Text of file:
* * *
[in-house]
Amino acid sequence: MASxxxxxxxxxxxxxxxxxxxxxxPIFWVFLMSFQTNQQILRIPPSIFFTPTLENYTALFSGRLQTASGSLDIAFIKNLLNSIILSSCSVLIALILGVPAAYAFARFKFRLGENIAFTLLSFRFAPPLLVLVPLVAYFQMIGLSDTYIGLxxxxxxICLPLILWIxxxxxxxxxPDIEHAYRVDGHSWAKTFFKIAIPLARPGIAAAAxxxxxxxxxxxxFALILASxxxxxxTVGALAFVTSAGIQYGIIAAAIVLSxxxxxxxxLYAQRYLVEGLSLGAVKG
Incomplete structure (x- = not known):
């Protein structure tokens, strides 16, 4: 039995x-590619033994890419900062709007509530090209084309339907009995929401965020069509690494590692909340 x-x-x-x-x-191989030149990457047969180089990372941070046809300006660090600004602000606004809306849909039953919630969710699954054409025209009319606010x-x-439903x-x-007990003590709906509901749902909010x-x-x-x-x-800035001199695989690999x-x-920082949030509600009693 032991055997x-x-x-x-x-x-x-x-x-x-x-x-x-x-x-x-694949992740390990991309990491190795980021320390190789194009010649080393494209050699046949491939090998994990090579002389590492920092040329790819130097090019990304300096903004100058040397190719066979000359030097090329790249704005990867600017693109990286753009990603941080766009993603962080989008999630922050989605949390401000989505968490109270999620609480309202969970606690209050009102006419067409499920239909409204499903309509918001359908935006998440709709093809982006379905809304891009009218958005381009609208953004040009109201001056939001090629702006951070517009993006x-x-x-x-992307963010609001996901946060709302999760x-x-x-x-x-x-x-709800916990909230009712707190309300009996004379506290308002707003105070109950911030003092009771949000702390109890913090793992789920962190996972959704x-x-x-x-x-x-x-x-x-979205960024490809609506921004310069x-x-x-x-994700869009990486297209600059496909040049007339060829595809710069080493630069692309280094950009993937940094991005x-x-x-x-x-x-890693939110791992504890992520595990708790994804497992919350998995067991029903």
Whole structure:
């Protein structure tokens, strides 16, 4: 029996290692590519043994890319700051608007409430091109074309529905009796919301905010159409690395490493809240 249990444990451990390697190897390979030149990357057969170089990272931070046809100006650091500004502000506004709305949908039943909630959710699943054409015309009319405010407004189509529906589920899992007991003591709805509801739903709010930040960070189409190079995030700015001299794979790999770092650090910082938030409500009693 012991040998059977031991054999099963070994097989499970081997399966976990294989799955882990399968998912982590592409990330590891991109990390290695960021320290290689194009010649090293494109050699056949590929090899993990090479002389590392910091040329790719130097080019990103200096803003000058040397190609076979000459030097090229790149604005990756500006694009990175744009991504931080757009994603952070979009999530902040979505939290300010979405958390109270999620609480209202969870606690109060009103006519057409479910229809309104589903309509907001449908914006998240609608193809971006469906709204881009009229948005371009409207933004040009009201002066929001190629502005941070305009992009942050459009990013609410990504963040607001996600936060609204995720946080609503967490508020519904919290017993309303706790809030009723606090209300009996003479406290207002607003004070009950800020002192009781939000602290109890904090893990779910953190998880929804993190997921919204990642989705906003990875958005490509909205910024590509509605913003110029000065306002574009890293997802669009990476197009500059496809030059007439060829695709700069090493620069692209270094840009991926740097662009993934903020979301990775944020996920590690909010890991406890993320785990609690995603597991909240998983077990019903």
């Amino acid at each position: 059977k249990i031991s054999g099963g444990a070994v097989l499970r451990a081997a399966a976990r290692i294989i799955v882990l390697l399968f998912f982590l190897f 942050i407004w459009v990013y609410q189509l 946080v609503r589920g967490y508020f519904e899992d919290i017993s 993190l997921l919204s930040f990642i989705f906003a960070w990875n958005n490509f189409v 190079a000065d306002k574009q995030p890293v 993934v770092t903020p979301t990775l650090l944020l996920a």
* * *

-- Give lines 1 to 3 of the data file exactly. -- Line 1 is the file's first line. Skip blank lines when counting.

[in-house]
Amino acid sequence: MASxxxxxxxxxxxxxxxxxxxxxxPIFWVFLMSFQTNQQILRIPPSIFFTPTLENYTALFSGRLQTASGSLDIAFIKNLLNSIILSSCSVLIALILGVPAAYAFARFKFRLGENIAFTLLSFRFAPPLLVLVPLVAYFQMIGLSDTYIGLxxxxxxICLPLILWIxxxxxxxxxPDIEHAYRVDGHSWAKTFFKIAIPLARPGIAAAAxxxxxxxxxxxxFALILASxxxxxxTVGALAFVTSAGIQYGIIAAAIVLSxxxxxxxxLYAQRYLVEGLSLGAVKG
Incomplete structure (x- = not known):